But Memphis... can't possibly... do it again... can they? 

We're going Thunder in five, because of the first game being Sunday at noon, a little over 36 hours from the Grizzlies' biggest game in franchise history. That sets a tone for the series. But as to whether we feel good about it? Well, ask the Spurs. 
Posted on: April 29, 2011 5:12 am
 

Grading the series: Mavericks top Blazers in 6

Grades for the key players in the first round NBA playoff series between the Portland Trail Blazers and Dallas Mavericks. Posted by Ben Golliver.
dirk-roy

The Dallas Mavericks finished off the Portland Trail Blazers 103-96 in Game 6 in Portland's Rose Garden. Here are grades for both the Mavericks and Blazers.

DALLAS MAVERICKS

Dirk Nowitzki: Dallas' All-Star forward didn't shoot all that well from the field, but Portland still never found an answer for him. Why? Because he lived on the free throw line, particularly late in games, averaging 10.5 free throw attempts over the six games. All those freebies bolstered his scoring number: a dominant 27.3 points per game in a slow-down series. He was the clear winner of his match-up with LaMarcus Aldridge and he was huge in Dallas' fourth quarter close out on the road in Game 6. He will need to shoot better from the field for the Mavericks to upset the Lakers, but he was money when it mattered in round one.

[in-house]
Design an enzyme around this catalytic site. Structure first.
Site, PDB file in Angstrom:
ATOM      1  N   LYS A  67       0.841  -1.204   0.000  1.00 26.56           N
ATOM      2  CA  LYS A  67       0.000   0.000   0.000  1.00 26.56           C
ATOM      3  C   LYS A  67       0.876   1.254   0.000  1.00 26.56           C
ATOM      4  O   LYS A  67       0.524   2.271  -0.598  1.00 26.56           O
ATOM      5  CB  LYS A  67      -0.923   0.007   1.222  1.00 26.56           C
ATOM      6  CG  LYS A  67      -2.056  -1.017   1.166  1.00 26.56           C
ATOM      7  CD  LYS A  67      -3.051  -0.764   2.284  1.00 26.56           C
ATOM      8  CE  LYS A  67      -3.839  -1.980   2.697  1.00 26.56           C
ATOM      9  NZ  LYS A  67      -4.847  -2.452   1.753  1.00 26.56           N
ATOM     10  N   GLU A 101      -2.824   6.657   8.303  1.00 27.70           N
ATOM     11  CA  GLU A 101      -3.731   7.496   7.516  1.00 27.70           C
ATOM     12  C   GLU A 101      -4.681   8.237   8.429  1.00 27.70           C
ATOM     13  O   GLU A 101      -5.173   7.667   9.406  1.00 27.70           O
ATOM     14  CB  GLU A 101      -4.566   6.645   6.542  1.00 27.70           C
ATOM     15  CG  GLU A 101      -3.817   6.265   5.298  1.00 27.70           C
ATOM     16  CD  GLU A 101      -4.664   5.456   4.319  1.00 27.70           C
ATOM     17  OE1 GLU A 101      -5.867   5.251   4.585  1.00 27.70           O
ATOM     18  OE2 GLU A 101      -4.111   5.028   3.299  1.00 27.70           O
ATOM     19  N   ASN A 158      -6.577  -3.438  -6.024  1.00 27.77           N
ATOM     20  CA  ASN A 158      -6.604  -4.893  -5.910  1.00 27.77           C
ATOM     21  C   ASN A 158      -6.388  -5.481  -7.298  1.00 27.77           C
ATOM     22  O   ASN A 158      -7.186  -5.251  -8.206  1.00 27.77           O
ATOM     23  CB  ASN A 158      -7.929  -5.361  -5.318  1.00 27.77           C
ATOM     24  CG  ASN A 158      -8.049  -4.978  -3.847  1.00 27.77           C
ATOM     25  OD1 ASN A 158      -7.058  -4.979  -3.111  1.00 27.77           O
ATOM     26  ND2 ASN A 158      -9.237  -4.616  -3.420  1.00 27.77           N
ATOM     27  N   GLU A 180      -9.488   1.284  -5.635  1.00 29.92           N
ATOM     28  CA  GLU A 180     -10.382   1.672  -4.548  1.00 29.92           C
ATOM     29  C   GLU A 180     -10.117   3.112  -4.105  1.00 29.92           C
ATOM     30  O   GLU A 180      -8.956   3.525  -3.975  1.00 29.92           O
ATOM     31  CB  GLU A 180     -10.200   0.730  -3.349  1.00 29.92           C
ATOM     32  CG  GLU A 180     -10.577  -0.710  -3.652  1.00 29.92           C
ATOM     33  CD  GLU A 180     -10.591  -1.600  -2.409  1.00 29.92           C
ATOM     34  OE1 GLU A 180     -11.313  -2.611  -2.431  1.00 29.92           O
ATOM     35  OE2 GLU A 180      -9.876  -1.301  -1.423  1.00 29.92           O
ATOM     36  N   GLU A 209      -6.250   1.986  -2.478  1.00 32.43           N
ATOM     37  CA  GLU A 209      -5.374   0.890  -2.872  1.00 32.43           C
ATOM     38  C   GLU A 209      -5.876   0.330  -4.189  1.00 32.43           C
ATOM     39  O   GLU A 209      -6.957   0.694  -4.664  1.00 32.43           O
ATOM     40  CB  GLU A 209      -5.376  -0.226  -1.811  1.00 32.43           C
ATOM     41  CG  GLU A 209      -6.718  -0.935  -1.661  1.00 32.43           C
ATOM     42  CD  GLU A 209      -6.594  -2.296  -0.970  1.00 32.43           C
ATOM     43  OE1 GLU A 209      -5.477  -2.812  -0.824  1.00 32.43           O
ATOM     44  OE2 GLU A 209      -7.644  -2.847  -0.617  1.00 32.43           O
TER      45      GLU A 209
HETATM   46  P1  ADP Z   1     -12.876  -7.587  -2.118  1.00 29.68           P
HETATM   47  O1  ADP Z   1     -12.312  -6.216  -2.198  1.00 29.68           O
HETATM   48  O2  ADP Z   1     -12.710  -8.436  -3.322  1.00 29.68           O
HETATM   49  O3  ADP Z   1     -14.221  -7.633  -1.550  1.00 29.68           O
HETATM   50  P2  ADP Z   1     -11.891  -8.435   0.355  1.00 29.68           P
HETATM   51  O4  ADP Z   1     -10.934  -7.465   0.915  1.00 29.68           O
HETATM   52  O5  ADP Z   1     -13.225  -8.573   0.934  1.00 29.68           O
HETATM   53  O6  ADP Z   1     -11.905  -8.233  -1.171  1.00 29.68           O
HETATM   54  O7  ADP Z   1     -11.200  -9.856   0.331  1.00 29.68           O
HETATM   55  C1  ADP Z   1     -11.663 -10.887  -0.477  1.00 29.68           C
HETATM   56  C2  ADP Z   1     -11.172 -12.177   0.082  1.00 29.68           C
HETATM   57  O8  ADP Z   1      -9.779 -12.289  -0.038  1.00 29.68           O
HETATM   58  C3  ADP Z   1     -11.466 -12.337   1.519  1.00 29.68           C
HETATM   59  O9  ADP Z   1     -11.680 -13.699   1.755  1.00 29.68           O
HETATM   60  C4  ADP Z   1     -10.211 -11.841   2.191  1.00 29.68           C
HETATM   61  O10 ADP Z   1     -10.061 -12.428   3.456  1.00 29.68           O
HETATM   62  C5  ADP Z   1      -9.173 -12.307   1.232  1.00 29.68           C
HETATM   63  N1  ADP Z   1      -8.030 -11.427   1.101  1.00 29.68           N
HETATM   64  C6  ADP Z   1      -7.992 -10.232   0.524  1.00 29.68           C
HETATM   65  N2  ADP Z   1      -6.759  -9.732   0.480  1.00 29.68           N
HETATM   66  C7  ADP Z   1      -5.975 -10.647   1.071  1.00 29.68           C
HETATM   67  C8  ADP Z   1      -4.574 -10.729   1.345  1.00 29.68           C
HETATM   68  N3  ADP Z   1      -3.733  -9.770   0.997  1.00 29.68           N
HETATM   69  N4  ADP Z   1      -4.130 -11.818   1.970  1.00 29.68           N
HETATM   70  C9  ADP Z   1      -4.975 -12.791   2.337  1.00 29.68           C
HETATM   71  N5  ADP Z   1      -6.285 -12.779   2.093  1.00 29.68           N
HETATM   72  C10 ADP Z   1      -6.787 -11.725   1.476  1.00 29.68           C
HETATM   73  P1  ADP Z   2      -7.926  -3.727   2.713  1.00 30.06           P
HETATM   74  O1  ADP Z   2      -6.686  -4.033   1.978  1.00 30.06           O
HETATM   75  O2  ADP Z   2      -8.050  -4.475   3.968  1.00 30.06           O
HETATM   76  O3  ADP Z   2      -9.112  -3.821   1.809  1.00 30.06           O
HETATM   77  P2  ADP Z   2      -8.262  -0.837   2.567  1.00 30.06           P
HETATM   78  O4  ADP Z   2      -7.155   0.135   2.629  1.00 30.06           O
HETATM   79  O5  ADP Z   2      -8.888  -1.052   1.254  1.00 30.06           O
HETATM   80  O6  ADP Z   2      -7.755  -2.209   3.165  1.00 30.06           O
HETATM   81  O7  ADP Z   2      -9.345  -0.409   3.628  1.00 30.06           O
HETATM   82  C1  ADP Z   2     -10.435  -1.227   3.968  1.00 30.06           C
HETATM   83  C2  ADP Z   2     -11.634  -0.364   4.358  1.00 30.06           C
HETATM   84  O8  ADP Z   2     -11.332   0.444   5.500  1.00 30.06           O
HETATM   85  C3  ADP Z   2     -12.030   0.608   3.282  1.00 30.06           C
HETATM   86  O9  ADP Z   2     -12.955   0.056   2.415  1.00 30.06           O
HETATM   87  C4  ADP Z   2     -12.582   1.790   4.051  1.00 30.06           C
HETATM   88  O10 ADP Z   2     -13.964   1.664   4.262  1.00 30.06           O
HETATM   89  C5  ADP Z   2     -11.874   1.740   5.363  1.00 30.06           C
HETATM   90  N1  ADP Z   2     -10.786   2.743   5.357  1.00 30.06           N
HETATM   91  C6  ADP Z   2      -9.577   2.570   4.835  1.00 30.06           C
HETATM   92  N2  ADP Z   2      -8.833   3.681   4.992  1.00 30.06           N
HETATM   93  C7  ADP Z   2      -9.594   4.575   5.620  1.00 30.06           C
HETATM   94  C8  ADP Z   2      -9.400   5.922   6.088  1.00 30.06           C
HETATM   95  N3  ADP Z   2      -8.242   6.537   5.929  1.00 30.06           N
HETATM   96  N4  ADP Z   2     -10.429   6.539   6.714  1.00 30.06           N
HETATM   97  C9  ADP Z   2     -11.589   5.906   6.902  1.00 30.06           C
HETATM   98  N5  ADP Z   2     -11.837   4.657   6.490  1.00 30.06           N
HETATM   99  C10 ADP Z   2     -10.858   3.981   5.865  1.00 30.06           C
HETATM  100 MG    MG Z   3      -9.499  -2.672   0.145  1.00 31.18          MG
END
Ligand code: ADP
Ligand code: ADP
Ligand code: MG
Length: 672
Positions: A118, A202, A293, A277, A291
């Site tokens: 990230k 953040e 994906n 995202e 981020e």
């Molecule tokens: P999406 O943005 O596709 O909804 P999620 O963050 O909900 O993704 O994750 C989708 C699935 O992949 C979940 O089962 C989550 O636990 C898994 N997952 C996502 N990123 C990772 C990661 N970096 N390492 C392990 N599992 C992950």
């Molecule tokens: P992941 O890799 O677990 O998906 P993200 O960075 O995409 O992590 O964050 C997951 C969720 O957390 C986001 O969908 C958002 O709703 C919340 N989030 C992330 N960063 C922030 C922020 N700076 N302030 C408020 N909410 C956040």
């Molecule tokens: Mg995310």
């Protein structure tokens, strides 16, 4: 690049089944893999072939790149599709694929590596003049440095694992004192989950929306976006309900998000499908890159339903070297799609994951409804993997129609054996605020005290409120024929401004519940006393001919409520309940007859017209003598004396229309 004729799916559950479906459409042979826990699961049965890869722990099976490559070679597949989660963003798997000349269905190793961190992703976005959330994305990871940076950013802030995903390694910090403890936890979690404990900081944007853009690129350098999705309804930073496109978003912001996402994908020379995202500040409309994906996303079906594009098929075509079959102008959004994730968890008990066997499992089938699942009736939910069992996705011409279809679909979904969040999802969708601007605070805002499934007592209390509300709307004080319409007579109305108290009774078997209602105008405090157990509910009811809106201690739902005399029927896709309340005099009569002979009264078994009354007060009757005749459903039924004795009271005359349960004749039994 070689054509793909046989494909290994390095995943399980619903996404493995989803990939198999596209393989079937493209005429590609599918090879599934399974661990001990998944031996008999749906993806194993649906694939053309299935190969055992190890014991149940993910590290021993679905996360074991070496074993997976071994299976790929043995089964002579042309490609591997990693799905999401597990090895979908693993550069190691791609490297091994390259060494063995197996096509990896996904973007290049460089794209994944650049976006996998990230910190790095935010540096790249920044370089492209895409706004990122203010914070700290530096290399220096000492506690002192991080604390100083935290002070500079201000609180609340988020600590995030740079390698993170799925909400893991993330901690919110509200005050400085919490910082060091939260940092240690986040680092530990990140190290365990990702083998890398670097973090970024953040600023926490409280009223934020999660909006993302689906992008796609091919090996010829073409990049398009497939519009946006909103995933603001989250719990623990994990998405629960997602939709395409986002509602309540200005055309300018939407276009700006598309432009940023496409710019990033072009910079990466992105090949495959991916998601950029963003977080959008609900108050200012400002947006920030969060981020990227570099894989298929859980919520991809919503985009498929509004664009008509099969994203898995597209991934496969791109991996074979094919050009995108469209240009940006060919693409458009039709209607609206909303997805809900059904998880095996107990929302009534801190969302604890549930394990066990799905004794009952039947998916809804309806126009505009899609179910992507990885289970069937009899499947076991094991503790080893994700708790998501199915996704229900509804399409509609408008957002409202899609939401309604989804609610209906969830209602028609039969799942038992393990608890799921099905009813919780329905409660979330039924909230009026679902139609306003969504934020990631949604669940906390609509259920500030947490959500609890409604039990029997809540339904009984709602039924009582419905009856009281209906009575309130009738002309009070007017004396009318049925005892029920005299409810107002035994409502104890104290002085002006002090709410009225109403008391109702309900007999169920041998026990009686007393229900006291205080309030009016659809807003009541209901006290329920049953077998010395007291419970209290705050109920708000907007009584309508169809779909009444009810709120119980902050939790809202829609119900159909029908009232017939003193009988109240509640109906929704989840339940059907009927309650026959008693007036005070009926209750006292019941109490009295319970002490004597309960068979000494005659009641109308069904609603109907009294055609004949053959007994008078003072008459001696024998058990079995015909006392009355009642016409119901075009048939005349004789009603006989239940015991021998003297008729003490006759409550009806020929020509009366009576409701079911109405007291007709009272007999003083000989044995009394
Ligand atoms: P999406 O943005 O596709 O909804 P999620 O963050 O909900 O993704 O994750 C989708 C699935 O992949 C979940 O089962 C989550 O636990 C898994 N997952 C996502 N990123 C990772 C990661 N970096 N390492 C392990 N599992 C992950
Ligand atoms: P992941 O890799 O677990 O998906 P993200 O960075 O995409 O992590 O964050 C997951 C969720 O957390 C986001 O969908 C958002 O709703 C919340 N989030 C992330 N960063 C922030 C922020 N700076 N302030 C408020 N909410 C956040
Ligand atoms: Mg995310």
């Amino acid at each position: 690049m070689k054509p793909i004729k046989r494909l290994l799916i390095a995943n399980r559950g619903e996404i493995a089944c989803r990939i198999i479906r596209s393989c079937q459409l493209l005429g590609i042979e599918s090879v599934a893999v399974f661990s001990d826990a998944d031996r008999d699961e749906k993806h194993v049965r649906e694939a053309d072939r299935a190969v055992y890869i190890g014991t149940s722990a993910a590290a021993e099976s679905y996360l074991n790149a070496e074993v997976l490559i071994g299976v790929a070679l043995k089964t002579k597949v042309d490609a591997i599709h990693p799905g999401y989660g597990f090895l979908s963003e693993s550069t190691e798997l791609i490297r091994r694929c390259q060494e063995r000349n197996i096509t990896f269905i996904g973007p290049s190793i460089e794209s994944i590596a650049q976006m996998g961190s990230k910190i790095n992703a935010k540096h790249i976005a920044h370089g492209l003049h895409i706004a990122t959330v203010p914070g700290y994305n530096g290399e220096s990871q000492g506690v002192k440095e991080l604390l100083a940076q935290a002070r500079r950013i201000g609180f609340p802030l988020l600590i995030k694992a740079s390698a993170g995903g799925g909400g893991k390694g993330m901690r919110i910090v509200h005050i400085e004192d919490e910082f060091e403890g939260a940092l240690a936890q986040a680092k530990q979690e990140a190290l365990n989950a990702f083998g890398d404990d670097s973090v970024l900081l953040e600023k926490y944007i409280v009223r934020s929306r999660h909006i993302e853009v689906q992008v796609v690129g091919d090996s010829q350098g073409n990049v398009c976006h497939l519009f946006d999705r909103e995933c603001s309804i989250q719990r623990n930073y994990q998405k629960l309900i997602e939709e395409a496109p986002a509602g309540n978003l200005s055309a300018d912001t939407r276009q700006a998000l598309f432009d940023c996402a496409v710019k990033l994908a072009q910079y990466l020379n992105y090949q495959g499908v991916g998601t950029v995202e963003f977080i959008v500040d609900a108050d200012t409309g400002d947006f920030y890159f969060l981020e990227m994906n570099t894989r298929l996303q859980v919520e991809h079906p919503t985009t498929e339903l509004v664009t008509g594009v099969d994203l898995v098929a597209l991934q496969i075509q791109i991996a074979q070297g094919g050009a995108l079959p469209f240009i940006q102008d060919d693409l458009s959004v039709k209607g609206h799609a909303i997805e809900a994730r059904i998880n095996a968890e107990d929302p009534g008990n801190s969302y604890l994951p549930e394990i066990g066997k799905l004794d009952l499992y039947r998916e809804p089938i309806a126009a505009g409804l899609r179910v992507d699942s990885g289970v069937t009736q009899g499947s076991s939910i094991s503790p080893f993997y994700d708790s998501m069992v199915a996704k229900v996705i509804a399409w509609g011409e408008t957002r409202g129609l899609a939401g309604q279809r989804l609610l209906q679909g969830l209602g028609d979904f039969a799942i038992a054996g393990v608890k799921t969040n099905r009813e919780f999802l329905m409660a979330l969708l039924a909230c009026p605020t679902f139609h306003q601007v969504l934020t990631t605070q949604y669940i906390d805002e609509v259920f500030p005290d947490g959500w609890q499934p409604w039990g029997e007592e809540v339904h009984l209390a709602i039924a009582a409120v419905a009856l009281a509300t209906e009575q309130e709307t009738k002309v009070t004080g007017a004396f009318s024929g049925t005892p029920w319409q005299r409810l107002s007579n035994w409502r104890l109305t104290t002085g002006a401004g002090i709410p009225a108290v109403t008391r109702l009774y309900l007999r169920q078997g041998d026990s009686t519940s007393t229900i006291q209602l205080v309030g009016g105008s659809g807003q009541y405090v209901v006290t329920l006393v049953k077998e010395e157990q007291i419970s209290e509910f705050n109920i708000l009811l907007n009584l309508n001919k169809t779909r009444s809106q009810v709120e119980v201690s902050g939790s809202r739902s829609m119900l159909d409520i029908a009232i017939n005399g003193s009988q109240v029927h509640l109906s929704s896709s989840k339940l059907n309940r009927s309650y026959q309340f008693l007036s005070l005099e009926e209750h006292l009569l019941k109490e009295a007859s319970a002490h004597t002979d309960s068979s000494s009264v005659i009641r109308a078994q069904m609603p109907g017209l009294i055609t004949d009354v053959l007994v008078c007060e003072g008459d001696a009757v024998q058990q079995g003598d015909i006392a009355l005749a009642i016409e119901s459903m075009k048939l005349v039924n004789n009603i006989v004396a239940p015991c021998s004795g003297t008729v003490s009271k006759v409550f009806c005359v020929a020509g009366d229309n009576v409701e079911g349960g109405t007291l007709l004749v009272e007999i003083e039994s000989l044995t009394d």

Grade: A-

Jason Terry: Like Nowitzki, there's room for improvement for guard Jason Terry, who started slowly in the series as guard Jason Kidd and wing Peja Stojakovic both handled the early secondary scoring burden for the Mavericks. But, also like Nowitzki, Terry was big when it mattered most, finishing with 22 points in Game 6, including a number of huge shots, and playing excellent defense as well. Mavericks coach Rick Carlisle singled him out for praise for the job he did containing and pressuring Brandon Roy, who was a virtual non-factor in the deciding game after carrying Portland to its two victories in the series. Terry knows he will need to get off to better starts against the Lakers but he sounded amped for the next round to begin.